The majority concludes that because plaintiff-appellant Carmel Sylvester (plaintiff) received workmen's compensation benefits from her employer for her injuries sustained in the May 20, 1977 accident, she cannot now deny that she was in the course of her employment at the time of the accident. In Flanders v. Hoy, 230 Pa.Super. 322, 326 A.2d 492 (1974), an employee, after receiving workmen's compensation benefits from her employer, brought a tort action against a fellow employee to recover damages for injuries sustained in an automobile accident while riding to a seminar in a car driven by the fellow employee. In alleging that section 205 of the Workmen's Compensation Act barred the action, the defendant argued that the plaintiff's receipt of workmen's compensation benefits constituted an admission that she had been in the course of her employment at the time of the accident. Although our Court did not decide this issue, we suggested that "policy reasons may distinguish the cases which have allowed workmen's compensation payments into evidence as an admission by an employer that a person was an employee in the course of employment at the time of the *230 accident. . . ." Id., 230 Pa.Super. at 325 n. 2, 326 A.2d at 494 n. 2 (citing Sabatini v. Affiliated Food Distributors, Inc., 6 Pa.Cmwlth. 470, 295 A.2d 845 (1972)) (emphasis in original). I agree. There is no indication in the record before us that the course of employment issue was litigated in workmen's compensation proceedings. Under these circumstances, I believe that it would be unfair to plaintiff to hold that by accepting workmen's compensation benefits, she forfeited her right to bring a common law action against her fellow employee.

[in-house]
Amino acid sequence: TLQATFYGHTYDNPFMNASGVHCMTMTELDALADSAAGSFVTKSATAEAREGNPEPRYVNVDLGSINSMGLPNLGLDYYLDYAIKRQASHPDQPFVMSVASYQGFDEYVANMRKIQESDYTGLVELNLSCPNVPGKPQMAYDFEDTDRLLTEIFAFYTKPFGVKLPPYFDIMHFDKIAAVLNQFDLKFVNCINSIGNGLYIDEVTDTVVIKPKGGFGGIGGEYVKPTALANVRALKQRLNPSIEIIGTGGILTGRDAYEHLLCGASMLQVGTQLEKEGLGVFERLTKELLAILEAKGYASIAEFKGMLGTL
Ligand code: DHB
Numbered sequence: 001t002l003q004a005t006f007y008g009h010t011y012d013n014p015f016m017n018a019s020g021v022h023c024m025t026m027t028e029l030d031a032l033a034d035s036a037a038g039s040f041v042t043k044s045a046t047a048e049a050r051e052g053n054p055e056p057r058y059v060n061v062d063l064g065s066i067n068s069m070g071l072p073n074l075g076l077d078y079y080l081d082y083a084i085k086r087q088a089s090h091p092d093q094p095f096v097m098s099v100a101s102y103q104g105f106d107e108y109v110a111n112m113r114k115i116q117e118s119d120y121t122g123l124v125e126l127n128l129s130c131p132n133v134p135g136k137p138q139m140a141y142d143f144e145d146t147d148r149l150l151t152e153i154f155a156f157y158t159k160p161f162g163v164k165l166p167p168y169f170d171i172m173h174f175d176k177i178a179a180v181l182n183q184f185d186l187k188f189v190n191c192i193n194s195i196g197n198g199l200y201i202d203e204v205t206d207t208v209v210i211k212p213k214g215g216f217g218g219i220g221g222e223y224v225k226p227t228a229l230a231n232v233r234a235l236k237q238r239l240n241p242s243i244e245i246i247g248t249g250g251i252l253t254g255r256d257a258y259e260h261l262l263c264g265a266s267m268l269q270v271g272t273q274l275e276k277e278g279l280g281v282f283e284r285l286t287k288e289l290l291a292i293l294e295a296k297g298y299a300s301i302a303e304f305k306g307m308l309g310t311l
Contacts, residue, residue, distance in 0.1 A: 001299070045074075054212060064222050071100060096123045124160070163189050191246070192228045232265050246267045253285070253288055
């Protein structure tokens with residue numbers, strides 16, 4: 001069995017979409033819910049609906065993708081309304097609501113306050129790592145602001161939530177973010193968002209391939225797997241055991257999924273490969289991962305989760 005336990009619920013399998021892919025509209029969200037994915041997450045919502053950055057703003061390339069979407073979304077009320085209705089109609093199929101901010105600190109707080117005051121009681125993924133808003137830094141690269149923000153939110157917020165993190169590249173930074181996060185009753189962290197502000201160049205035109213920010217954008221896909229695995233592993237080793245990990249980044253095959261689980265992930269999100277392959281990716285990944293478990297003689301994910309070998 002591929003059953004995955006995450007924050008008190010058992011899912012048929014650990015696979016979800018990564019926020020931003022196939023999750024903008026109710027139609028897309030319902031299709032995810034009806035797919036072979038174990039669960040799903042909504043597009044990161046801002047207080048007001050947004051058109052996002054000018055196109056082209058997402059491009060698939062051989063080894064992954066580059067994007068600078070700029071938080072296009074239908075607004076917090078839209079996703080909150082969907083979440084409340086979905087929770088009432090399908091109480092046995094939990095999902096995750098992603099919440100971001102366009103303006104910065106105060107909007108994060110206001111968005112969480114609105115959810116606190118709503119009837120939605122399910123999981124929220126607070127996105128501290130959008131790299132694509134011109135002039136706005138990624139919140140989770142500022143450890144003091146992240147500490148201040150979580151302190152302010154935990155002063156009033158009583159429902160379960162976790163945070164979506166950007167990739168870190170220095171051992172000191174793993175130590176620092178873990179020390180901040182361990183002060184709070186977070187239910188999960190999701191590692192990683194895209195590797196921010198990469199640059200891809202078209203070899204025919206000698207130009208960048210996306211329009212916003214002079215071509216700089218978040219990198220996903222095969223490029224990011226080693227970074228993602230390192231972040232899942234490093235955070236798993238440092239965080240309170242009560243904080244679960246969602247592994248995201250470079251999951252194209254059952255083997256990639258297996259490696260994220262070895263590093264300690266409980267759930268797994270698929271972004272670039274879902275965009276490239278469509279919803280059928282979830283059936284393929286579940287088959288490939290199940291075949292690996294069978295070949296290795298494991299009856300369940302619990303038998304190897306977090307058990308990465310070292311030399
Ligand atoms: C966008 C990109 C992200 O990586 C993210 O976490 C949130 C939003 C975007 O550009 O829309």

Moreover, unlike the majority, I believe that allowing plaintiff to maintain this action against her fellow employee is in no way inconsistent with the purposes of the Workmen's Compensation Act. If plaintiff were successful in her tort action, she would not recover the same damages twice because her employer, or its workmen's compensation carrier, would have a right of subrogation against defendant Carl DeLuca to the extent of the workmen's compensation benefits paid to plaintiff. See Act of June 2, 1915, P.L. 736, art. III, § 319, as amended; 77 P.S. § 671. I am therefore not convinced that permitting plaintiff to maintain this action will "contravene the clear legislative purpose of the Workmen's Compensation Act. . . ." 286 Pa.Super. at 229, 428 A.2d at 655.